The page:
How did you move to Teen Vogue and how was your experience different there?

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I never experienced magazines in the U.S. — I did two years at Brazilian Vogue, but then I was nine years in digital — and I wanted to manage a bigger team. At, I was a market director managing one person. But I wanted more management experience and to work with different departments. At Style, we were so short and lean. For Teen Vogue, it was perfect timing. Amy Astley called me in for an interview after her fashion director resigned, so I did it. [Both publications] were part of Condé Nast, so I moved to Teen Vogue and I was there for two and a half years. I had a big team reporting to me and I had to manage all of the fashion market teams. I learned how to manage an entire magazine from the cover until the last page — the photographers, the photo shoots and all of that, and then also the digital component, like all of the videos and photos shoots for the web. It was very, very dynamic and it was a great learning experience.

What does your Fashion Director role at Barneys entail?

I do think my role at Barneys combines and Teen Vogue. I'm working with the best fashion retailer out there on cutting-edge fashion. One part of my job is to oversee the entire mailer that reproduces three or four times a year. It's about creating those images and producing those photo shoots, which comes from my Teen Vogue years.

Another part of my job is to oversee all of the Barneys private labels between ready-to-wear and accessories. One moment I'm developing cashmeres, then the next moment I'm deciding on what look is going to be in the mailer, then the next is bringing a new designer on board. I work very closely with the buyers on shoes, bags and fine jewelry, and finding the best collections and best product for Barneys. It is a very dynamic experience and very fashion-focused, which I love.

How are your day-to-day duties and goals different from working in media?

Before, if I loved a dress, we'd put it in the magazine. So then I'd talk to the stylist, maybe a celebrity might want to wear it, and it got the exposure — it got photographed and that's where it ends. What I like about my job here is, if I love a dress, I can put it in the mailer, I can get it exclusively sold at Barneys, and in the end, I get to see the dollar signs; I get to see the dress being sold. So it is a full experience for me. I like to see that all coming together. Through my years as an editor, I would go and see a collection, and I would tell a designer, 'How about you do this bag as a mini bag?' They're like, 'Great.' Now I can do that and have it sold at Barneys, and I can see the results. That's a very fulfilling experience for me.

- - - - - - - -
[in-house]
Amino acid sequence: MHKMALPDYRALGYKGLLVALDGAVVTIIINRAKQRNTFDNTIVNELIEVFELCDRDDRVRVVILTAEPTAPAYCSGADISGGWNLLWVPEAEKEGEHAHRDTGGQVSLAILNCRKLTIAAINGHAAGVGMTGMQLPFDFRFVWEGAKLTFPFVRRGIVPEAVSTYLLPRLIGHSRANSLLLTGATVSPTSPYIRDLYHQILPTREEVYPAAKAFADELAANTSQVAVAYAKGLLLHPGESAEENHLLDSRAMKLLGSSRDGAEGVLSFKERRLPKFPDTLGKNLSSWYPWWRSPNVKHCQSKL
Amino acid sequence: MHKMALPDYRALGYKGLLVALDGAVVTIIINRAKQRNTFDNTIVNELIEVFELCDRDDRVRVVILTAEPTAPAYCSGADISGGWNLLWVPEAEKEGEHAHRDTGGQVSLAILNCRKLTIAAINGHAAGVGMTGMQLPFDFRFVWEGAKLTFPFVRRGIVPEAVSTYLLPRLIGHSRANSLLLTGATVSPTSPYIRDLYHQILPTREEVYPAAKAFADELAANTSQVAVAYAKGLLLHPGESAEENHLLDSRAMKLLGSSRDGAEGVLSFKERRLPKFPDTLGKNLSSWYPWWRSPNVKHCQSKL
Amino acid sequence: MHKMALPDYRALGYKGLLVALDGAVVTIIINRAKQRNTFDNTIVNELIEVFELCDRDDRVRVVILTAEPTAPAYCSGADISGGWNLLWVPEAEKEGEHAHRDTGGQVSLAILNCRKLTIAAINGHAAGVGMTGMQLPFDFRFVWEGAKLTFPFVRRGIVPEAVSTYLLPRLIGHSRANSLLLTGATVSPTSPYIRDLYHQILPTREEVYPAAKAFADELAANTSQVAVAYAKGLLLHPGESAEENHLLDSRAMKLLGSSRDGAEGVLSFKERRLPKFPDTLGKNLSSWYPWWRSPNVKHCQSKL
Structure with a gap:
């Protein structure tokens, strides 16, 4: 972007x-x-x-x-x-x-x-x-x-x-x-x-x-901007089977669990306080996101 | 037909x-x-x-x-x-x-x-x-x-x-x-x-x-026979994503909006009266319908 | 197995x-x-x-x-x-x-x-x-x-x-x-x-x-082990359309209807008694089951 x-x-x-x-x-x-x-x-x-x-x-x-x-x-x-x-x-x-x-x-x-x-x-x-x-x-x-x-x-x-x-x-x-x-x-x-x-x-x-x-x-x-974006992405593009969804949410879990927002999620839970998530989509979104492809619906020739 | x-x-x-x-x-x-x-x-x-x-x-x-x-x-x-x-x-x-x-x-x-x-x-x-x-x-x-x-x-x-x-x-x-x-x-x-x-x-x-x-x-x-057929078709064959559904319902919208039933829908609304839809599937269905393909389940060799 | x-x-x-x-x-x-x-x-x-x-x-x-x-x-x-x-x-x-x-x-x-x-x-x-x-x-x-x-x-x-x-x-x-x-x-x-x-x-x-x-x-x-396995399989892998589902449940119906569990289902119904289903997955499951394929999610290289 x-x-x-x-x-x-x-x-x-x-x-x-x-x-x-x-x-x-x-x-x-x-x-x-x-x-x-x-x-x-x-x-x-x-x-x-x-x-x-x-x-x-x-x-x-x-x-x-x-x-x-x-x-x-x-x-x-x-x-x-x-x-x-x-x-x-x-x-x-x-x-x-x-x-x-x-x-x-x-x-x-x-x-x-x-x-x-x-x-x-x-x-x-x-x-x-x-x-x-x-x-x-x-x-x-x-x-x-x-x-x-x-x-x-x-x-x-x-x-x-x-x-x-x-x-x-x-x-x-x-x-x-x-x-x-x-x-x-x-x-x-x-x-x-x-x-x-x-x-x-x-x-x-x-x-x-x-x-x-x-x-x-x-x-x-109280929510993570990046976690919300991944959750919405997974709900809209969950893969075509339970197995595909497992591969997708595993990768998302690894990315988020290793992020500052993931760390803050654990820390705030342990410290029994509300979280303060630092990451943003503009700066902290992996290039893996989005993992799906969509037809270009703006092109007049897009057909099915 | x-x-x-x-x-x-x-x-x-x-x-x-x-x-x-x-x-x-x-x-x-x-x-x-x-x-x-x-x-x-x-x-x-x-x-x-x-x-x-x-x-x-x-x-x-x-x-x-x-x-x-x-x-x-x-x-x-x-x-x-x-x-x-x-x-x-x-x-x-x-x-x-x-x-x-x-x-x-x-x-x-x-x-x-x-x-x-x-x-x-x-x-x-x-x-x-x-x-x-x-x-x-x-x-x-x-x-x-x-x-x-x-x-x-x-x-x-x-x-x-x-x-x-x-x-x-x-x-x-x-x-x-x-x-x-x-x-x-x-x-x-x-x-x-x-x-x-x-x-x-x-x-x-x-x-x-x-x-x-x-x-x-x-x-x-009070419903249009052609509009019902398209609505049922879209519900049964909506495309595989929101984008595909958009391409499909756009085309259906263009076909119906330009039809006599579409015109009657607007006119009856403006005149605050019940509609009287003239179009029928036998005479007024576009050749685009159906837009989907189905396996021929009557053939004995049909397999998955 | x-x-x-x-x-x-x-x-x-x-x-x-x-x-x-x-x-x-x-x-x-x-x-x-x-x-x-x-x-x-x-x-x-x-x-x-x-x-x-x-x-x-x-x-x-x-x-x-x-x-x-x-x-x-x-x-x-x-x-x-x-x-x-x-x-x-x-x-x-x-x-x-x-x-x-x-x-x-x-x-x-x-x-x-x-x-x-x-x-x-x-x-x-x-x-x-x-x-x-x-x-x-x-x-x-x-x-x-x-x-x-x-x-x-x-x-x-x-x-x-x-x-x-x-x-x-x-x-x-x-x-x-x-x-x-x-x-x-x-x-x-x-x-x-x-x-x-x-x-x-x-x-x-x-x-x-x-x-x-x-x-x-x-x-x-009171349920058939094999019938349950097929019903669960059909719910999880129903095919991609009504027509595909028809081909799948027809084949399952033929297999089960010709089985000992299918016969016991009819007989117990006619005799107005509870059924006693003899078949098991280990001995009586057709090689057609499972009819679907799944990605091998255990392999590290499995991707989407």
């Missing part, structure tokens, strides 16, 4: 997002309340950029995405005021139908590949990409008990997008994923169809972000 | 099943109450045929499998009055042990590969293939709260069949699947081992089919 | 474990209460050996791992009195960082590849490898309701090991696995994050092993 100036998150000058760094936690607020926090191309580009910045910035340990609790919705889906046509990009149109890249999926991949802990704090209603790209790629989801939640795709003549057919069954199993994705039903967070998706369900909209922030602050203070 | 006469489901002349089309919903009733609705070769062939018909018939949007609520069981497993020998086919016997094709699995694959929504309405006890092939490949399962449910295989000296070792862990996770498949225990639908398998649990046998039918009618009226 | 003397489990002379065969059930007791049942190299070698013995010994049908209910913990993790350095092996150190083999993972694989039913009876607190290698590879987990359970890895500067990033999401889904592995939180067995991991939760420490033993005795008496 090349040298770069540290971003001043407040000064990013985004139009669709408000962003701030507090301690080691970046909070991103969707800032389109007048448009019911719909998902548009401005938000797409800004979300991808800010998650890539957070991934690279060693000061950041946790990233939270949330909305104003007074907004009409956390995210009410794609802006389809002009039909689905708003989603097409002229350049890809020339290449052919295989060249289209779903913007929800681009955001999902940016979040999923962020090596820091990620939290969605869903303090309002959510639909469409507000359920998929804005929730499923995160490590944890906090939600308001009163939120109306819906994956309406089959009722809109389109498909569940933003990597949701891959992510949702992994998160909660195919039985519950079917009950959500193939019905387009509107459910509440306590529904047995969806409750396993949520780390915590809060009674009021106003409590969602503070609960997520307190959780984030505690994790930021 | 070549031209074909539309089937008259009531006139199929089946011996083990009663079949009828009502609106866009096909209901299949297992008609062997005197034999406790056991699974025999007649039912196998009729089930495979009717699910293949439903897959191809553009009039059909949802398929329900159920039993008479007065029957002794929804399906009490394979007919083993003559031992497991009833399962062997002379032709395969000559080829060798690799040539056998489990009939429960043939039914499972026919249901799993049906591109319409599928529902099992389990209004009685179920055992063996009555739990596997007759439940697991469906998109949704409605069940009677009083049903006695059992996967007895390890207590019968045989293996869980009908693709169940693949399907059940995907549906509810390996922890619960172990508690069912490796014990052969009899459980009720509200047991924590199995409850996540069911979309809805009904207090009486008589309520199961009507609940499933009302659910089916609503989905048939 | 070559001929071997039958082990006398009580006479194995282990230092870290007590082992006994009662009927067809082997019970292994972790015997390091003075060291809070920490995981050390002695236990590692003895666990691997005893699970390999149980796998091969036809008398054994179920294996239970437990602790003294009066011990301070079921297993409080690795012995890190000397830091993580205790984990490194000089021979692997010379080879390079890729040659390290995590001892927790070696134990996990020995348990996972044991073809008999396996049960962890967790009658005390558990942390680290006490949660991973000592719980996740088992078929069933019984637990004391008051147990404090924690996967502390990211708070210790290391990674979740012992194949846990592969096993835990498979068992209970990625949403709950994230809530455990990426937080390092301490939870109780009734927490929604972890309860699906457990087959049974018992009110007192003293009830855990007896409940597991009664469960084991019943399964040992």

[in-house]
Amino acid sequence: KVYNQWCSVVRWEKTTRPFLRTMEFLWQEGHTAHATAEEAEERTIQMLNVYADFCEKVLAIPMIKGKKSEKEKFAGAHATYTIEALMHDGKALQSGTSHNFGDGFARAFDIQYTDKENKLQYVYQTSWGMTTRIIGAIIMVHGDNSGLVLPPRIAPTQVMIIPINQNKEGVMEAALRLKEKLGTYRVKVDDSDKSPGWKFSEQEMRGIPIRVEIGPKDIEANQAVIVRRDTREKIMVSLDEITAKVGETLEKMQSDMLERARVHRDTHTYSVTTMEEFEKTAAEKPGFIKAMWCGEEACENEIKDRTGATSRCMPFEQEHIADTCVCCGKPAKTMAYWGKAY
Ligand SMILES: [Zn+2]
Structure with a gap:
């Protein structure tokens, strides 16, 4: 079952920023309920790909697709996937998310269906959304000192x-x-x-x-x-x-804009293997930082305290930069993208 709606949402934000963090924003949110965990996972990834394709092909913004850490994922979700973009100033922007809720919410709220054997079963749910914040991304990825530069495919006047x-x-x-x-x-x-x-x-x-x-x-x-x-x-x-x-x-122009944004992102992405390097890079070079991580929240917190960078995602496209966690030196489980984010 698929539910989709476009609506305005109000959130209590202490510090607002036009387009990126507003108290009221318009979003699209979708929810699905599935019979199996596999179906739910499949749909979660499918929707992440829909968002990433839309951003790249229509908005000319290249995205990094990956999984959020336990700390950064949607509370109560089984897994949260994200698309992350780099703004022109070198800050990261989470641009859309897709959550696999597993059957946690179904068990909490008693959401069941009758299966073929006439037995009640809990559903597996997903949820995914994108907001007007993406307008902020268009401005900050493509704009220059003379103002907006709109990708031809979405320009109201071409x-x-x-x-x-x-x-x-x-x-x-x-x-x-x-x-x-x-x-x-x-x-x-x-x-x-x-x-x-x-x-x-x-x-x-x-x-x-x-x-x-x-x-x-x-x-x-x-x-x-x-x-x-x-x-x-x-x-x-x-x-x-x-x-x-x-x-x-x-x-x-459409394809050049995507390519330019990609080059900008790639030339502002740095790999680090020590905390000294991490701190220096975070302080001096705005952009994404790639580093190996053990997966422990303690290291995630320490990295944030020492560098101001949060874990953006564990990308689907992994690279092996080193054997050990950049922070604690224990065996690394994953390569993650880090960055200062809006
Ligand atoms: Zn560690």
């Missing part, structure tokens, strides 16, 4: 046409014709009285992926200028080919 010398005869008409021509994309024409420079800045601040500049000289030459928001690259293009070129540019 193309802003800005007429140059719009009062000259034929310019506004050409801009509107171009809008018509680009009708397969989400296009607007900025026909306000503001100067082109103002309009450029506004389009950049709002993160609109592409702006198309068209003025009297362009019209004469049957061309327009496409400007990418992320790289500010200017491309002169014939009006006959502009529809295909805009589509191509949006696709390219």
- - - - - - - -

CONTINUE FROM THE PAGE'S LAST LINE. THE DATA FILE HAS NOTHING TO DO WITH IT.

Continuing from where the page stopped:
Was there a learning curve switching from editorial to retail?

You know what? No. I would love to say yes, but I don't think it was. It was very natural to me. It was a role that I always wanted to have. It felt very easy. Instead of picking a piece, getting it in, talking to the stylist and getting it shot — maybe having a creative director there edit it out — there are so many moving parts of a magazine that I think now, it's more straightforward in a way. I do think my job is very similar in some capacity, but then on the other hand, we'll see if it's going sell at the end of the day.

Was your first Fashion Month for Barneys any different from previous seasons?

Yes, I did attend shows for new brands and also the ones that we currently are carrying at Barneys. Maybe I wasn't everywhere where I used to be. There's more focus on brands for me to go and see now. There are also a lot of business meetings within the fashion week and that, for me, is so interesting. To be able to sit down and understand what's really selling, what's really working, what everyone is actually putting their money into it. My fashion week was busier in a way. Instead of walking in, taking pictures and walking out, now you sit down and you really dig into the collections.

What advice do you have for those interested in following a similar career path as yours?

Honestly, always be open. Maybe the job you really want is not going to come to you in a very clear version. It is something that will come naturally as it came for me. Just be open. Do the job and do your best. And keep on doing it every day and don't give it up. Think about it in the long-term. Be as consistent as you can with your career.